Ahead of the fourth entry in a festive franchise that nobody expected to still be going after almost a decade. I thought it was time to give the third instalment of the Nativity series a go, for reasons that remain unclear as I wouldn’t call myself a fan of this homegrown film series.
All three of the Nativity movies have been made in support of Children In Need, a worthwhile cause that helps millions of at-risk Children every single year. I am all for supporting Children In Need, let me be clear about that. You can pledge money to this year’s fundraiser in a multitude of ways or via this BBC link. Now that I have attempted to make myself feel less like a monster, Nativity 3: Dude Where’s My Donkey was a creative low for the series that never had a high benchmark in terms of quality. The release of Nativity Rocks with a largely new cast might claim that title, but it will likely be a good few years before I get around to watching the latest instalment.
In keeping with the tradition of a new lead character in each movie, David Tennant has regenerated into the grumpier Martin Clunes. Riffing on his comfy chair and warm frothy soup persona as Doc Martin his role as teacher Jeremy Shepherd is not much of a stretch and even he has trouble staying awake. Prepare the cliche-o-meter, Jeremy loses him memory and forgets why he loves Christmas. As if that tawdry excuse for a plot wasn’t bad enough, the school nativity has lost its beloved donkey, and they need to find it pronto to save the show.
To their credit, the affable kids do their best with the largely improvised material, and I’m sure everybody had a jolly nice time making the movie, so it’s a shame none of that enjoyment translated to the end product. The improv gimmick might have worked okay first time round, less so second time and for the third go, some of the cast look uncomfortable with the free reign. Part of the problem with this lazy sequel is it doesn’t have the charms of Martin Freeman or David Tennant to fall back on. Martin Clunes might be edging towards national treasure status for some, but he can’t carry a feature film with his bedside manner. Only Catherine Tate walks away with a shred of dignity, but Marc Wooton’s unbearable Mr Poppy is dialled up to eleven, and his zany antics quickly become so irritating you’ll be willing those end credits to roll.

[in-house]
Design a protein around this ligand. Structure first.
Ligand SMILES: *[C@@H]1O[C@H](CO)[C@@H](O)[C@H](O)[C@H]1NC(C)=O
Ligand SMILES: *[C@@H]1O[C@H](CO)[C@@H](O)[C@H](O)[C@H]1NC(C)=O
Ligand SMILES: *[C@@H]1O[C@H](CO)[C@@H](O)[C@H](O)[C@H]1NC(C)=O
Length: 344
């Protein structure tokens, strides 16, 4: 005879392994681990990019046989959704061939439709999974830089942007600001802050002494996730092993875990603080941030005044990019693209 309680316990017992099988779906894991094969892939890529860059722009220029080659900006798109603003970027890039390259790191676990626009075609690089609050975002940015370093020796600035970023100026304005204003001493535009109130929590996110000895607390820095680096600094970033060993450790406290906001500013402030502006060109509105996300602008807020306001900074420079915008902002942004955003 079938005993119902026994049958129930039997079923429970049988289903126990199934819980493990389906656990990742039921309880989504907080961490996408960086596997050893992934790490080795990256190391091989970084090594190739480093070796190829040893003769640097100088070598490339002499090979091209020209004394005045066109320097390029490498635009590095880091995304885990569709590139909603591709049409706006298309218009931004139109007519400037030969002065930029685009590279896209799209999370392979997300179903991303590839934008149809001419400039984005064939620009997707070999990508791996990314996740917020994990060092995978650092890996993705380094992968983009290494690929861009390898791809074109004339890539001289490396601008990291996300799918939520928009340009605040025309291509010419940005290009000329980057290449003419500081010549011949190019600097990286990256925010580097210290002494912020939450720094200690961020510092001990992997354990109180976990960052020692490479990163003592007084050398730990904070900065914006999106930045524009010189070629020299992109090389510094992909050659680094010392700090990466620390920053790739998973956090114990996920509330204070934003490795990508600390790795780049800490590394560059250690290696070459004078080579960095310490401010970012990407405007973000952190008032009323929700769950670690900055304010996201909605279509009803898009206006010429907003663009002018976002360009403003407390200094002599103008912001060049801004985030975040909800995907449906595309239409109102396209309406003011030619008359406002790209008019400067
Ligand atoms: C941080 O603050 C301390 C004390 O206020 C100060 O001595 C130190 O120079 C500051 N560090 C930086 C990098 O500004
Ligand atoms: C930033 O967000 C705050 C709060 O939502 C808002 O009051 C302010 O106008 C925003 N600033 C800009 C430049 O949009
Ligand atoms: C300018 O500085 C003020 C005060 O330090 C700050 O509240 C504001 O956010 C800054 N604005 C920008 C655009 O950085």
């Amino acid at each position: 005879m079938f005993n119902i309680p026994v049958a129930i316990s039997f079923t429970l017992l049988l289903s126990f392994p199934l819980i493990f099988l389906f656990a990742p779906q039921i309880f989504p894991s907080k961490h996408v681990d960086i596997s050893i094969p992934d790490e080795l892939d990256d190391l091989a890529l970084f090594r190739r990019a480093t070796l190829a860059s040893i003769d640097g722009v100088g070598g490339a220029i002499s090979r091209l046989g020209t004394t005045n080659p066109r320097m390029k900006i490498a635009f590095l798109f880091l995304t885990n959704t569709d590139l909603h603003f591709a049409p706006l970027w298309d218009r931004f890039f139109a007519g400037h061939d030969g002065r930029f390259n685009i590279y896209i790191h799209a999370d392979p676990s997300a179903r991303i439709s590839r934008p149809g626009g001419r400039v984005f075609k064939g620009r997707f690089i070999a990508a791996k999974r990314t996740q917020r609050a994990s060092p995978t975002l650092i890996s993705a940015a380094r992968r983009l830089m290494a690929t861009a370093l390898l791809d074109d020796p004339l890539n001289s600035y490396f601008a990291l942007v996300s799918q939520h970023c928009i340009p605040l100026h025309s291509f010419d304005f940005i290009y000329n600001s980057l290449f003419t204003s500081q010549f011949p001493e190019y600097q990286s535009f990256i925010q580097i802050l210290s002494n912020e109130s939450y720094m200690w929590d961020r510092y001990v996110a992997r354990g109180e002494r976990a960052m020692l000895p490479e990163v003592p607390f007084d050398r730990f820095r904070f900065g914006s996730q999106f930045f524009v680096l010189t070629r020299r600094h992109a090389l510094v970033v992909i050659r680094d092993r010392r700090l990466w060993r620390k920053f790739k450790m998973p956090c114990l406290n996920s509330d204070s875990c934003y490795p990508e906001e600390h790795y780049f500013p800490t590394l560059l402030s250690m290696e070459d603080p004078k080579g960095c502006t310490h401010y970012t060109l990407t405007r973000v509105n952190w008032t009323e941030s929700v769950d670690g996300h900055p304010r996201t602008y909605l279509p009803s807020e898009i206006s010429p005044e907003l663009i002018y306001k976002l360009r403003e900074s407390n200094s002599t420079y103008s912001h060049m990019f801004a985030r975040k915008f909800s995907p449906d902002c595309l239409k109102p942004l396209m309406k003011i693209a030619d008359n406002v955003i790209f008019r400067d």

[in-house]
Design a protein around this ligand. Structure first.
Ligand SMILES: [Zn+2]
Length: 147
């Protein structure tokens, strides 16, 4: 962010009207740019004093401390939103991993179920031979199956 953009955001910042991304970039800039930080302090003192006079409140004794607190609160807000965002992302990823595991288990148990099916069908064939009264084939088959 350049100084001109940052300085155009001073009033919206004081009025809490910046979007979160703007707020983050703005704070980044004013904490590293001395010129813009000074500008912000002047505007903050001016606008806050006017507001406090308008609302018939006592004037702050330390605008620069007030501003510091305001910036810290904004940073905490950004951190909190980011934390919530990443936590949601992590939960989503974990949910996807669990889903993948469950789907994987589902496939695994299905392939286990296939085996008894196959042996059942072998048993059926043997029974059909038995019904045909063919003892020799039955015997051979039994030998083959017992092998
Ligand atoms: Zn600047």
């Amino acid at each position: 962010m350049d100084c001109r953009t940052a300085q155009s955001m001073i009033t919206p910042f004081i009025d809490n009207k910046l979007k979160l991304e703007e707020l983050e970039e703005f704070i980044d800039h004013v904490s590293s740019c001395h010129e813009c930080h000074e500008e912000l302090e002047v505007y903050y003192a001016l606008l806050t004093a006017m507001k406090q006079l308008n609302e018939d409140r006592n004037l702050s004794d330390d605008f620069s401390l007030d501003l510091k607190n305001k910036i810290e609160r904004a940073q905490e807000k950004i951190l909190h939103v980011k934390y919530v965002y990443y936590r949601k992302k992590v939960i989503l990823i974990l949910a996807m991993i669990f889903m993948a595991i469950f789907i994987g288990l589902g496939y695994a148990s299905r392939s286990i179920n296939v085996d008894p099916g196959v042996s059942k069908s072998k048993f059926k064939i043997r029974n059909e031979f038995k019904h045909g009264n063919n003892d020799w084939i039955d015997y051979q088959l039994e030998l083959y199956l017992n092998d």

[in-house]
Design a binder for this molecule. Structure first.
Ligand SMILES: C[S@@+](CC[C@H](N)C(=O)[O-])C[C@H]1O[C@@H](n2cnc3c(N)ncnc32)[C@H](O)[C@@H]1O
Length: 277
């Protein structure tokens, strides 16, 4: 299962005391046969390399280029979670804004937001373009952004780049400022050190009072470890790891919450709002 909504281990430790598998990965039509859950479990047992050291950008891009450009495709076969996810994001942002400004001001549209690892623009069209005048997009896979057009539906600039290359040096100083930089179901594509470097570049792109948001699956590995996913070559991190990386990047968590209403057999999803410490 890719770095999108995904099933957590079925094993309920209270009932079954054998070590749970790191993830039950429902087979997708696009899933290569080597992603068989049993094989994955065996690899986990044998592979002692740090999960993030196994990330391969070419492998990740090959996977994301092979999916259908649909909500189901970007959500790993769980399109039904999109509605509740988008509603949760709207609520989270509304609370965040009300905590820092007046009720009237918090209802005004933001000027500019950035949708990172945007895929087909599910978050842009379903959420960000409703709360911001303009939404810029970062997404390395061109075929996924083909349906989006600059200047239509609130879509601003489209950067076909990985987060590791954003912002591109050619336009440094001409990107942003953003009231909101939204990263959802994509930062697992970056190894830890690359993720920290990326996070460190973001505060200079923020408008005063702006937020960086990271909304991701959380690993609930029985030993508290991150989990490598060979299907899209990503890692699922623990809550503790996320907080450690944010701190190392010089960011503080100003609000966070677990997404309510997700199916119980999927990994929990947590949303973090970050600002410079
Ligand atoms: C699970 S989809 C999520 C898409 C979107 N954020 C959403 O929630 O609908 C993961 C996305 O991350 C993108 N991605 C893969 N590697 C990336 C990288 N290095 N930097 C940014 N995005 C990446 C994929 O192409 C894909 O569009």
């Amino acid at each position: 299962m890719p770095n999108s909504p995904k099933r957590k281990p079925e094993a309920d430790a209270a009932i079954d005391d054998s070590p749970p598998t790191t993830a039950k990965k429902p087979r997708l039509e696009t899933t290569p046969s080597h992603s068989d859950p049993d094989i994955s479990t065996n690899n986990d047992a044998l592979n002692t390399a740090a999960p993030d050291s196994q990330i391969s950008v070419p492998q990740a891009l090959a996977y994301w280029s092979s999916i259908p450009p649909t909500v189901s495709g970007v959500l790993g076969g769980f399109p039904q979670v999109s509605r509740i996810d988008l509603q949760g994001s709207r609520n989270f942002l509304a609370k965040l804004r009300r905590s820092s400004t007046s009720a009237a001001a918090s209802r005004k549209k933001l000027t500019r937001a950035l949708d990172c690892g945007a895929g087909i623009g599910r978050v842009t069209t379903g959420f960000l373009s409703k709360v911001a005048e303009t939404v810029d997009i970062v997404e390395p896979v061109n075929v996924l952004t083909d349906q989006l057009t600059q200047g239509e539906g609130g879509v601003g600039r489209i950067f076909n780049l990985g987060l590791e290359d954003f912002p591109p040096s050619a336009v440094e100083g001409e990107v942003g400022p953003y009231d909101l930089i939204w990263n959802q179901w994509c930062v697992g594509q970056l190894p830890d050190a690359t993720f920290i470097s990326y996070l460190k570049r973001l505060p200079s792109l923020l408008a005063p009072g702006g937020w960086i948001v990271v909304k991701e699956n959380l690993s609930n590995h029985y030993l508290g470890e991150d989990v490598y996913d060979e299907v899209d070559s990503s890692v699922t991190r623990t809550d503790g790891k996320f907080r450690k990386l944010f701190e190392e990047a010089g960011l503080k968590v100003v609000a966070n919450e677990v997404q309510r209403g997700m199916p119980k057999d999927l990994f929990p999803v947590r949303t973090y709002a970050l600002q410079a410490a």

Had Nativity 3 been a TV special then you could look past its ‘that’ll do’ approach to filmmaking as nothing about this second sequel belongs on the big screen. Had it been on the telly at Christmas where it can be hazily watched after eating too much dinner, that puddingy sweet spot between half asleep and complete food coma. You nod off for ten minutes yet don’t feel you’ve missed anything important, you know they’ll be a singsong at the end so you slip back into dreamy potatoland for another little rest. That’s the place that Nativity 3 can be enjoyed, not enjoyed, tolerated.
I know that people watch movies (or content as you crazy kids are calling it) on their phones, but there isn’t a screen small enough to make Nativity feel like a cinematic experience. By all means support Children in Need, dress up, have a bath in beans, go on a fun run, bake a cake, but please stop making Nativity sequels. The forthcoming Nativity Rocks is in cinemas later this month if you’re so inclined to see it, or just give Children in Need a donation and save yourself 90 joyless minutes. That said, I just wasted 90 minutes watching Nativity 3, then wrote about it, there are no winners here.